In the United States, music industry professionals look to Austin's South-by-Southwest to discover up-and-coming talent. In Latin America, programmers, agents and managers from Europe and the Americas count on a festival in Guadalajara to find emerging voices from all over the continent.
The event is called the Feria Internacional de la Música Profesional — the International Professional Music Fair, better known as FIMPRO.
At the Rambla Cataluña stage, located a few blocks from downtown Guadalajara, Colombian singer-songwriter Edson Velandia strums an acoustic guitar, performing one of his signature songs, "El Caníbal" — The Cannibal.
Velandia is one of the more than 30 acts being showcased at five venues here. Leigh Ann Hahn, program director for Grand Performances, which has been presenting shows in downtown Los Angeles since 1986, says the acts presented at the conference represented a broad range of sounds:
Some of it was coming more obviously from the traditional folk sort of work. And then there was the very contemporary [sounds], almost too contemporary for my program. So it was really nice to be able to see the students from the University of Guadalajara attending with enthusiasm.
This is the third edition of FIMPRO in Guadalajara. Given the strong presence of artists and their representatives from throughout Latin America, there’s a sense that something bigger is starting to happen. Enrique Blanc, a music journalist and one of FIMPRO’s organizers, says the conference has a goal:
I believe we’re dreaming about consolidating an independent industry of music here in Latin America — that’s the main point.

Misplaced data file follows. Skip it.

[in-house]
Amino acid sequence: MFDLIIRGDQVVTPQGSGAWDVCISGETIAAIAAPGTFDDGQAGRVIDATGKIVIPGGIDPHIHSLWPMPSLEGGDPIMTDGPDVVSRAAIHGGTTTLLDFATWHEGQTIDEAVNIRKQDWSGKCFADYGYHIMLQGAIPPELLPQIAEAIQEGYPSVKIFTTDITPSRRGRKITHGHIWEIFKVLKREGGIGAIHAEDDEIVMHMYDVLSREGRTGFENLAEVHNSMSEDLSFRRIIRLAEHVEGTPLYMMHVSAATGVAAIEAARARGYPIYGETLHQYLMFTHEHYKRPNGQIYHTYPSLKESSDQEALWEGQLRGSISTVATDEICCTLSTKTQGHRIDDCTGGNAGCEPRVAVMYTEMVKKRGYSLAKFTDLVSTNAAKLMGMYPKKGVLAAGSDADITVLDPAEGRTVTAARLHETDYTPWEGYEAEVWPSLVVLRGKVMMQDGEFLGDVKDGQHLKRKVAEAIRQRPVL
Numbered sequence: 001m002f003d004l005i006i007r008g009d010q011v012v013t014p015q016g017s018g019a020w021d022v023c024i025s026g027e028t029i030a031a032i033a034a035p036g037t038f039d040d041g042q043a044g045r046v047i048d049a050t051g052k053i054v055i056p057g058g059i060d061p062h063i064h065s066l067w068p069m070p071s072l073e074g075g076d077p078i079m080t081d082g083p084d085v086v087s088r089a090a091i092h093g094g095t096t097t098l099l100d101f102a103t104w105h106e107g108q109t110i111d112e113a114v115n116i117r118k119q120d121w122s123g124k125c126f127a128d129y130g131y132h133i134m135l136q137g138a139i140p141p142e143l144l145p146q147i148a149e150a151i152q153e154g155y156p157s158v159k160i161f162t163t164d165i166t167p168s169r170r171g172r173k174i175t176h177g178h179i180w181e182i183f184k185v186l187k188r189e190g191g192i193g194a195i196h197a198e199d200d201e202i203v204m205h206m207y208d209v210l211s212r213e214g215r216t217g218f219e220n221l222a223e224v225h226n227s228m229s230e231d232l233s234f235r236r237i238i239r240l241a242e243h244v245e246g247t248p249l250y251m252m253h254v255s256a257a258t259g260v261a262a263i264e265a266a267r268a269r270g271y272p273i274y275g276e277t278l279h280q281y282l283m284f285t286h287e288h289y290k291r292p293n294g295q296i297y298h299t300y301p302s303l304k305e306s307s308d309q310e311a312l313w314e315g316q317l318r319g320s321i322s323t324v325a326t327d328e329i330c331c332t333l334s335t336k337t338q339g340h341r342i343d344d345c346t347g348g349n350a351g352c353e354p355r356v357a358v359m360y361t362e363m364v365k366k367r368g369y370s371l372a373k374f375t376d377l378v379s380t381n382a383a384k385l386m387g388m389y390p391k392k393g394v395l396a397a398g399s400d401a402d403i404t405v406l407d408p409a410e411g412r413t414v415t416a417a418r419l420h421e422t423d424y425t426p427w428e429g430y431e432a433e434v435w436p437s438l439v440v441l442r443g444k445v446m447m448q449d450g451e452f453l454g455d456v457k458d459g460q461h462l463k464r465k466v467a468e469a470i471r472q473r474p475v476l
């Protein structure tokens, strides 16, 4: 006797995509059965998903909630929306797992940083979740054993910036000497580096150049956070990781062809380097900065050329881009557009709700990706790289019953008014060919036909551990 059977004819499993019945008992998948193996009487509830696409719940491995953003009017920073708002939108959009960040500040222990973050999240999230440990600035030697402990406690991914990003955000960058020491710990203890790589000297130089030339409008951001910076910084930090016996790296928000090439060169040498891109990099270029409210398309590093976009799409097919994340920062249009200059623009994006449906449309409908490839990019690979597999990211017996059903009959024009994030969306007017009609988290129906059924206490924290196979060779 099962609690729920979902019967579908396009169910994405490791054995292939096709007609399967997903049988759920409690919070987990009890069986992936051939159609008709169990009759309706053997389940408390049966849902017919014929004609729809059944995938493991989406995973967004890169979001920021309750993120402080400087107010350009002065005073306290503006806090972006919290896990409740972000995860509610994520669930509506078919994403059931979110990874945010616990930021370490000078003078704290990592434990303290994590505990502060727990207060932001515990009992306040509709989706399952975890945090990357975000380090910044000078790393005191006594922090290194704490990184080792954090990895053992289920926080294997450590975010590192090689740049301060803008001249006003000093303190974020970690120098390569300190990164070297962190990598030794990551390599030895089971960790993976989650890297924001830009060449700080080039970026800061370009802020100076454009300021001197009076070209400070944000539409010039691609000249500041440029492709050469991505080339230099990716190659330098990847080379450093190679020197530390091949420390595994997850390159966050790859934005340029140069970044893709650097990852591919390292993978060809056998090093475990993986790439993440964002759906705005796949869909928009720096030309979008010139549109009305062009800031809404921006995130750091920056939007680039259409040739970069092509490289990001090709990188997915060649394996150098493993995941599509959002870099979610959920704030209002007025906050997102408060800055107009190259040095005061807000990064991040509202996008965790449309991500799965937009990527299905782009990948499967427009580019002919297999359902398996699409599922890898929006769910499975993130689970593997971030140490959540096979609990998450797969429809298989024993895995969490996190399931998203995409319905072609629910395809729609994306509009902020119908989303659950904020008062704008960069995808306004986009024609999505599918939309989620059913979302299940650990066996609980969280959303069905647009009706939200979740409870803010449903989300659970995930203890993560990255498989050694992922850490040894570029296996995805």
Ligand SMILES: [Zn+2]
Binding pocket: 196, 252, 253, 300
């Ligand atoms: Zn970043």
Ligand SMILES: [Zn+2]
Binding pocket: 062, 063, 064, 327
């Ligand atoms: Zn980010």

In addition to showcasing bands from all over the continent, FIMPRO also includes workshops, one-on-one meetings between musicians, managers and agencies, as well as conversations with industry experts.
At a University of Guadalajara auditorium, Latin Grammy president Gabriel Abaroa talks about the rules of the Academy to a packed house of conference attendees. He says this is the first time he’s been invited to participate at FIMPRO, but he supports every effort to promote music and musicians:
It’s not only a fantastic experience to have the opportunity to come and tell the people what I do, but also to learn from them and to see that this is moving. Once again, music drives lots of people, lots of minds, but mostly many souls.
One of the bands that moved a lot of those souls here is Brazil’s Francisco El Hombre. Playing to an adoring audience, the band is an explosion of sound and energy on stage. Tom Frouge, founder of the Globalquerque Festival in Albuquerque, New Mexico, says he was impressed by their show:
Francisco El Hombre was my hands-down favorite, I’m already talking to their manager about Globalquerque 2018 and other [opportunities]. I think they have the broadest appeal and were the most interesting.
Besides the more than 20 bands from other Latin America countries, there were also a few groups from Mexico. One of the local bands here is Toktli, led by jazz bassist Vico Díaz. A graduate of the Berklee College of Music in Boston, Díaz has been creating new music that blends traditional Mexican folk rhythms with jazz.
Díaz says the opportunity to play in front of potential programmers from the U.S. and Europe is a crucial step to wider exposure:
It’s very important for me, it’s like a dream come true, to see that the work — the hard work — is finally bringing the fruits.